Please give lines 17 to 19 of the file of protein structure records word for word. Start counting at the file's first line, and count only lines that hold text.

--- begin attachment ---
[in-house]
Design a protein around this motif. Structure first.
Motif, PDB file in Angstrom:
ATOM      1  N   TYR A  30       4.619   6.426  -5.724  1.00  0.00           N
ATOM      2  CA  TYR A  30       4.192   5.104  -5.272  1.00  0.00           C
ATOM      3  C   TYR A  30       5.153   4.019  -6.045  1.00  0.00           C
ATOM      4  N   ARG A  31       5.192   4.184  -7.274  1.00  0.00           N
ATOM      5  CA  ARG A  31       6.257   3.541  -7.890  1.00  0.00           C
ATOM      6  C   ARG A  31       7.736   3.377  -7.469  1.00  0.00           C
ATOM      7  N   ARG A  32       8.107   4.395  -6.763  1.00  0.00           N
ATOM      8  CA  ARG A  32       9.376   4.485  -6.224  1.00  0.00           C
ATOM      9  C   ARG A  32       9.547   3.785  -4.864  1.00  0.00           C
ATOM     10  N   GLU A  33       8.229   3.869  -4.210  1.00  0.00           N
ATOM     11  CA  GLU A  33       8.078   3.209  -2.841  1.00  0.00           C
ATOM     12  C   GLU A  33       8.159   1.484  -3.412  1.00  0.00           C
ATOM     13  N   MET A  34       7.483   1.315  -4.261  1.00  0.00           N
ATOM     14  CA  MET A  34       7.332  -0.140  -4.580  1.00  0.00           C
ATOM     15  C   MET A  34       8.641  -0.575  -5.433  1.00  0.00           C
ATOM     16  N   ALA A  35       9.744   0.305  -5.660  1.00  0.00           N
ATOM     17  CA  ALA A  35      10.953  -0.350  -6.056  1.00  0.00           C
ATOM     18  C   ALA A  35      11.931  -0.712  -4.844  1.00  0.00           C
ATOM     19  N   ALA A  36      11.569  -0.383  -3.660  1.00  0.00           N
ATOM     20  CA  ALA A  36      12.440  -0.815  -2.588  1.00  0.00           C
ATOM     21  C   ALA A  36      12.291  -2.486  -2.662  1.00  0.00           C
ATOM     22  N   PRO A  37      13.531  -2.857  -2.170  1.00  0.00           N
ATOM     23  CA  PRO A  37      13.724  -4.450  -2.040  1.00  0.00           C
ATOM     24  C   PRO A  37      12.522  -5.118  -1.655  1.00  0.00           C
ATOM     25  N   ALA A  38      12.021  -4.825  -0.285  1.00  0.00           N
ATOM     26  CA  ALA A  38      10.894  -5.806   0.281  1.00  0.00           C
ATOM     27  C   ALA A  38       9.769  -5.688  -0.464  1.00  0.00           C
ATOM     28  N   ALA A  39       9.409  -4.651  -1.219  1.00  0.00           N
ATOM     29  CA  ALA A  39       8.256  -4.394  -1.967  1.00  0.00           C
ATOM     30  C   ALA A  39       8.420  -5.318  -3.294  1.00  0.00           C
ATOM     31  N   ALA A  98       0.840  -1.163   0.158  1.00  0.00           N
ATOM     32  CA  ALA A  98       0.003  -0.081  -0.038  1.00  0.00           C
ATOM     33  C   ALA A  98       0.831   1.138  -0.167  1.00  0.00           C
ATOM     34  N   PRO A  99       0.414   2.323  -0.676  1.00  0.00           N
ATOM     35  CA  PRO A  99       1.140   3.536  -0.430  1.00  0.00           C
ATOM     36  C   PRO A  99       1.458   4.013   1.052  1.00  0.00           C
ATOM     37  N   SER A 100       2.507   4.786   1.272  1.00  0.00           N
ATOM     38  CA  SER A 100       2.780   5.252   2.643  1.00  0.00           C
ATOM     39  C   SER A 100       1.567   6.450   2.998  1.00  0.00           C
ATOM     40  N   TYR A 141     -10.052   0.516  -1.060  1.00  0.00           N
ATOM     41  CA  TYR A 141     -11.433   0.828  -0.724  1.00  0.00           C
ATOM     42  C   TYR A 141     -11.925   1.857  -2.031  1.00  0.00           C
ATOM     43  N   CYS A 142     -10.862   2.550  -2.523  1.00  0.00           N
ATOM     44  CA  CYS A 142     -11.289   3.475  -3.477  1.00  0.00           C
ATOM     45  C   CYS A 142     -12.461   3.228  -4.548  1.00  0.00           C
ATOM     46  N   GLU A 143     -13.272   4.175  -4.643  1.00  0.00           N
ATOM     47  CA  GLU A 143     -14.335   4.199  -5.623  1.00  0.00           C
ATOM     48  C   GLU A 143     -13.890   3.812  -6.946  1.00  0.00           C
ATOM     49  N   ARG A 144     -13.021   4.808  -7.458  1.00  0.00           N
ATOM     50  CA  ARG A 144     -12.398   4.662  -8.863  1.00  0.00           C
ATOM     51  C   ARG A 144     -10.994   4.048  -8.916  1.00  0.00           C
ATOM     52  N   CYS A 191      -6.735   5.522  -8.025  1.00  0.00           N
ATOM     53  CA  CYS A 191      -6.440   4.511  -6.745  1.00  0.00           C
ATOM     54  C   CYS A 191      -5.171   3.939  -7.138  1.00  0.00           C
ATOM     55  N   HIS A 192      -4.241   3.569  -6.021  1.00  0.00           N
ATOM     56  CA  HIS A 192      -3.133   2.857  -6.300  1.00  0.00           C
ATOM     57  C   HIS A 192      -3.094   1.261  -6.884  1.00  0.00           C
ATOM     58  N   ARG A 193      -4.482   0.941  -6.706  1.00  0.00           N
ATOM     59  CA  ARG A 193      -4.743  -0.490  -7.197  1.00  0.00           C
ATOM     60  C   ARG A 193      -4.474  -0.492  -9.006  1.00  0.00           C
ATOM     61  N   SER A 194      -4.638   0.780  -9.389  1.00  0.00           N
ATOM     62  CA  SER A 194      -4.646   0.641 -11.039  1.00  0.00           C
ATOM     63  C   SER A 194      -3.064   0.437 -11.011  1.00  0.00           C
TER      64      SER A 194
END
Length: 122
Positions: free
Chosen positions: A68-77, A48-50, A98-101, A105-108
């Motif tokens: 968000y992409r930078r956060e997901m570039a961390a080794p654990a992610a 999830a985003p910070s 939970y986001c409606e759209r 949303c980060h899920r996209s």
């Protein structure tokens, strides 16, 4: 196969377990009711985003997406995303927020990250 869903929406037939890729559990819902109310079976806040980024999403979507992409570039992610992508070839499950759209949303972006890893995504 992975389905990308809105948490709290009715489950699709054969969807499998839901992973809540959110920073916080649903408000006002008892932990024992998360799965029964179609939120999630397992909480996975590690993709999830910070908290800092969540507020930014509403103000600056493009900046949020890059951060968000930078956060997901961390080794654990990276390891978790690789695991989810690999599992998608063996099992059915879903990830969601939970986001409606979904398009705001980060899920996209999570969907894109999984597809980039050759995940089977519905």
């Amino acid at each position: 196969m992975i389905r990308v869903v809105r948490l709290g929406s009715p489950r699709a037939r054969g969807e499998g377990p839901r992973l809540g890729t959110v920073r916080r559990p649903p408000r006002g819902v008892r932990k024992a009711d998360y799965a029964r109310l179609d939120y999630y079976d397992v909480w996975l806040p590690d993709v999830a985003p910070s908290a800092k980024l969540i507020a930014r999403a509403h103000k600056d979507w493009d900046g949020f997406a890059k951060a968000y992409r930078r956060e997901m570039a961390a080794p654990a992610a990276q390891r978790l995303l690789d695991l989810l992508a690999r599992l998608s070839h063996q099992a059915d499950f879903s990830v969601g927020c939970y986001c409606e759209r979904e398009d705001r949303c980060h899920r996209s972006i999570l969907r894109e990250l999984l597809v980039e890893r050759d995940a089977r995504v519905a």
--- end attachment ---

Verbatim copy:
ATOM     14  CA  MET A  34       7.332  -0.140  -4.580  1.00  0.00           C
ATOM     15  C   MET A  34       8.641  -0.575  -5.433  1.00  0.00           C
ATOM     16  N   ALA A  35       9.744   0.305  -5.660  1.00  0.00           N